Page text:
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As China prepares to elect its leaders for at least the next five years, experts are saying the new guard will have to be prepared to handle rising public scrutiny and a mixed social and economic legacy.
The top legislature, the National People's Congress (NPC), is due to convene its annual session on March 5. During the session, the world's second-largest economy will elect its new head of State, premier, top judge and chief procurator.
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The legislature's standing committee and ministers of the State Council, China's cabinet will also be decided at the meeting.
Such a major personnel reshuffle occurs once every five years, at which time the NPC session is usually longer than in other years because of the electoral process.
According to an NPC statement, this year's full legislative session is likely to last about two weeks, compared with 10 days last year.
Although the process this year will not differ from past elections, this reshuffle may be well remembered as the first since social media such as Sina Weibo and other micro-blogging services became widely popular in China.
Zhu Lijia, a professor of government administration at the Chinese Academy of Governance, said he expects more online voices to be heard as the meeting progresses.
Sina Weibo, the nation's largest micro-blogging service provider, said it had more than 500 million users in December, a 74 percent year-on-year increase, and at least 46.2 million users log onto Sina Weibo every day.
"The popularity of weibo (micro blogs) has enabled the public to be more involved in political events like this than ever before, and their involvement could form another force that might possibly influence the top decision-makers," he said.
"They have to address public concerns, and have to put themselves under more public supervision."
The session this year also stands out as a blueprint for the long-expected government restructuring that is expected at the meeting — lawmakers will read a plan on institutional reform submitted by the cabinet.
Jiang Ming'an, director of a law research center at Peking University, said the new leaders would be challenged by sticky issues from the start.
"It is no easy job to run a country like China. Long-standing issues such as administrative restructuring, the wealth gap and comprehensive financial, tax and institutional reform all urgently require urgent the new leaders' action, not to mention problems that emerged in recent years such as environmental pollution," he said.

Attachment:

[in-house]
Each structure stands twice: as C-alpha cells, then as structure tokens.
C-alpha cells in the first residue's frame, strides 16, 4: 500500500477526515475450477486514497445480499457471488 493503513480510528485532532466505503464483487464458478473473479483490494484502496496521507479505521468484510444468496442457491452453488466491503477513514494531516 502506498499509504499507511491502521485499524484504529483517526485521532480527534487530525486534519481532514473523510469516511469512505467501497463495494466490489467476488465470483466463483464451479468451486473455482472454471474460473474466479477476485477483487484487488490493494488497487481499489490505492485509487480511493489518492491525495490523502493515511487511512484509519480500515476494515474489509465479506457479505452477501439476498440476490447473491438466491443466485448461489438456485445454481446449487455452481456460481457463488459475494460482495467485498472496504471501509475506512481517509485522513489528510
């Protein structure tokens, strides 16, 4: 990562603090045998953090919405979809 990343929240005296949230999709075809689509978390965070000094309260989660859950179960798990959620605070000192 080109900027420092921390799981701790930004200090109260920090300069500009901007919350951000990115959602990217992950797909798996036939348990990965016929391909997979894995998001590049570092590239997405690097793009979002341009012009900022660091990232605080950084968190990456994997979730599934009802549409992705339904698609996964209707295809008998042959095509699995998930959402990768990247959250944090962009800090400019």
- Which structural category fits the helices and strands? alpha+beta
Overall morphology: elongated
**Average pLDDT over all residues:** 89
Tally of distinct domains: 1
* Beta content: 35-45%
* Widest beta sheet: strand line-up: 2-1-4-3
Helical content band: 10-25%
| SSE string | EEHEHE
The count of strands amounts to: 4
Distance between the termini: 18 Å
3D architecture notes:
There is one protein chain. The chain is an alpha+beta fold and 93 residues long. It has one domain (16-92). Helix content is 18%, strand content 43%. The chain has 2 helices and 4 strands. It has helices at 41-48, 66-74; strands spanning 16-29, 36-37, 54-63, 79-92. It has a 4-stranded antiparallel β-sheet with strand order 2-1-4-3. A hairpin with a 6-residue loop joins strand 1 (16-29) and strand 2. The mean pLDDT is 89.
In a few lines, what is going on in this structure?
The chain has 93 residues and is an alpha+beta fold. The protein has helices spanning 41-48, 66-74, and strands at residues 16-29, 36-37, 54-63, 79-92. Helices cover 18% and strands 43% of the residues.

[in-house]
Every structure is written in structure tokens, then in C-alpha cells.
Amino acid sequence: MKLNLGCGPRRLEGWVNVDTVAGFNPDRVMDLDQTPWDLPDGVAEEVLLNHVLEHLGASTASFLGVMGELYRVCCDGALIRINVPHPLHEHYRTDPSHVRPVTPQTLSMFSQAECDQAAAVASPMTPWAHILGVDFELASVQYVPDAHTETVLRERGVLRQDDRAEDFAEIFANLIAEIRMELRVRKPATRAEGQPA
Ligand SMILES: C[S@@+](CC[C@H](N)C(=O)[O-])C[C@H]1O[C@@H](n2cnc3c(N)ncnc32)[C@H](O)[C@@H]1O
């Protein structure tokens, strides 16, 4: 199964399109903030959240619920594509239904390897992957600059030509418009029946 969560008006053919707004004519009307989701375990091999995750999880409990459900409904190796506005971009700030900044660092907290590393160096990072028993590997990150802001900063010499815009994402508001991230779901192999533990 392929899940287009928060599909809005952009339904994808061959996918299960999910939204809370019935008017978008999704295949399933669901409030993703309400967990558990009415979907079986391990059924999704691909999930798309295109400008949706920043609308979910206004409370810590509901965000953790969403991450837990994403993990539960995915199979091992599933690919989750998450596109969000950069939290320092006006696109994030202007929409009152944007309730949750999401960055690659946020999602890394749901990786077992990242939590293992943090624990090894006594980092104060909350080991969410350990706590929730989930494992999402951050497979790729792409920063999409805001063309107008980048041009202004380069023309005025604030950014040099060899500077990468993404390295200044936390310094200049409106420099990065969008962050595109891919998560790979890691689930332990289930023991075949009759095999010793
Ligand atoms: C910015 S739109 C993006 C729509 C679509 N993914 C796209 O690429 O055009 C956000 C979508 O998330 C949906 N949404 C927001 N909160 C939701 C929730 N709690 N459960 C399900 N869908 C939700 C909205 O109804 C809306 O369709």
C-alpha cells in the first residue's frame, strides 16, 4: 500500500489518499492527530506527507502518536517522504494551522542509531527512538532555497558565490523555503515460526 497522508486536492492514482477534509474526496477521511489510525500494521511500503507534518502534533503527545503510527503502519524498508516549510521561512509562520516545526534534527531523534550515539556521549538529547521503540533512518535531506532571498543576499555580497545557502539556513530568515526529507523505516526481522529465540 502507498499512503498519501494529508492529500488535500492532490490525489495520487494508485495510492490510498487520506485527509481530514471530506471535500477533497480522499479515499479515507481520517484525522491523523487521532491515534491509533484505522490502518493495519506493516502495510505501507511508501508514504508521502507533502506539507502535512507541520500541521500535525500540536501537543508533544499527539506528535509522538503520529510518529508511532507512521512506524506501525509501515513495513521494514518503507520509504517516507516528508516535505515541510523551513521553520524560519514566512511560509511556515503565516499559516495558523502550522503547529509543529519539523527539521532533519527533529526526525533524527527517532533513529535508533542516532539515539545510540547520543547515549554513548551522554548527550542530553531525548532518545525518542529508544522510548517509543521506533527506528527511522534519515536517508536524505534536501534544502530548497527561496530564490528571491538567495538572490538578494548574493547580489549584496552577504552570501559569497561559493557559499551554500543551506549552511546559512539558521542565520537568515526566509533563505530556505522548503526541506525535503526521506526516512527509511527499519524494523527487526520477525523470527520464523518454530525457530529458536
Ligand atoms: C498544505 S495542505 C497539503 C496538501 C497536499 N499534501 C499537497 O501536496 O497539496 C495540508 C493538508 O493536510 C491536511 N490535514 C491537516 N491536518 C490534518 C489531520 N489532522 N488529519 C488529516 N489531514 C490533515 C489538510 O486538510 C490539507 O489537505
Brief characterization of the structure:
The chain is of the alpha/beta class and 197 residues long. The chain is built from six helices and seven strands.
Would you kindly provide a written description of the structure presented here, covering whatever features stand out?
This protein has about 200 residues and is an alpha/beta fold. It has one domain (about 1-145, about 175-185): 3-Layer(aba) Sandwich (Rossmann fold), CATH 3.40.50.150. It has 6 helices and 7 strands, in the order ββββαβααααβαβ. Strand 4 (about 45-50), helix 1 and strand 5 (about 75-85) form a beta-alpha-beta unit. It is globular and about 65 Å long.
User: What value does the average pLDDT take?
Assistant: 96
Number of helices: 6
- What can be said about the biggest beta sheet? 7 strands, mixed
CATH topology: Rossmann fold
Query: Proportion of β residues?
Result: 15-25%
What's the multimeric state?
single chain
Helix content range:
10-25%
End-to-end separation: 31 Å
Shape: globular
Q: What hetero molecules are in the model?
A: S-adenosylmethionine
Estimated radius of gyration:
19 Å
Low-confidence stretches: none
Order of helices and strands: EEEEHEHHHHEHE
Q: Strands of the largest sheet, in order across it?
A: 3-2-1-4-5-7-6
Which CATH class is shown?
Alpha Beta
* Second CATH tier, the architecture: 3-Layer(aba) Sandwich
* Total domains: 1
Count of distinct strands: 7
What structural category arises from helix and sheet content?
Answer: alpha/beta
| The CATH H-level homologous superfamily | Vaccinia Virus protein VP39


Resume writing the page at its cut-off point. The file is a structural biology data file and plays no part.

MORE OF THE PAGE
Jiang said he hopes the new NPC Standing Committee — a group of about 250 members that oversees legislative affairs when deputies to the NPC are not in session — will include more members with knowledge of environmental protection and economy.
"The congress has to be composed of members of diversified backgrounds so deliberations can be thorough enough to avoid mistakes and a lack of consideration when drafting laws. At the moment, I think China needs people with backgrounds in the green industry and economics," he said.
Last year saw some social conflicts across the country that originated in disagreement over economic projects that might pose environmental risks.
In 2012, at least three violent protests against the construction of chemical projects near residential compounds broke out in Shifang, Sichuan province, Qidong, Jiangsu province, and Ningbo, Zhejiang province. The governments in the three cities eventually agreed to scrap the projects.
Mo Yuchuan, an administrative law professor at Renmin University of China, said the confrontations between residents and government officials in these cases created social tension, and that worried the leadership.
In the past month, lingering smog in North and East China has sparked huge public outcries calling for pollution control, which has also received close attention from the central leadership.
"The same happened to those rural residents who have been somehow left behind in economic growth. The new leaders may have to learn the technique of balancing development with other issues, such as the environment and people's livelihoods," Mo said.
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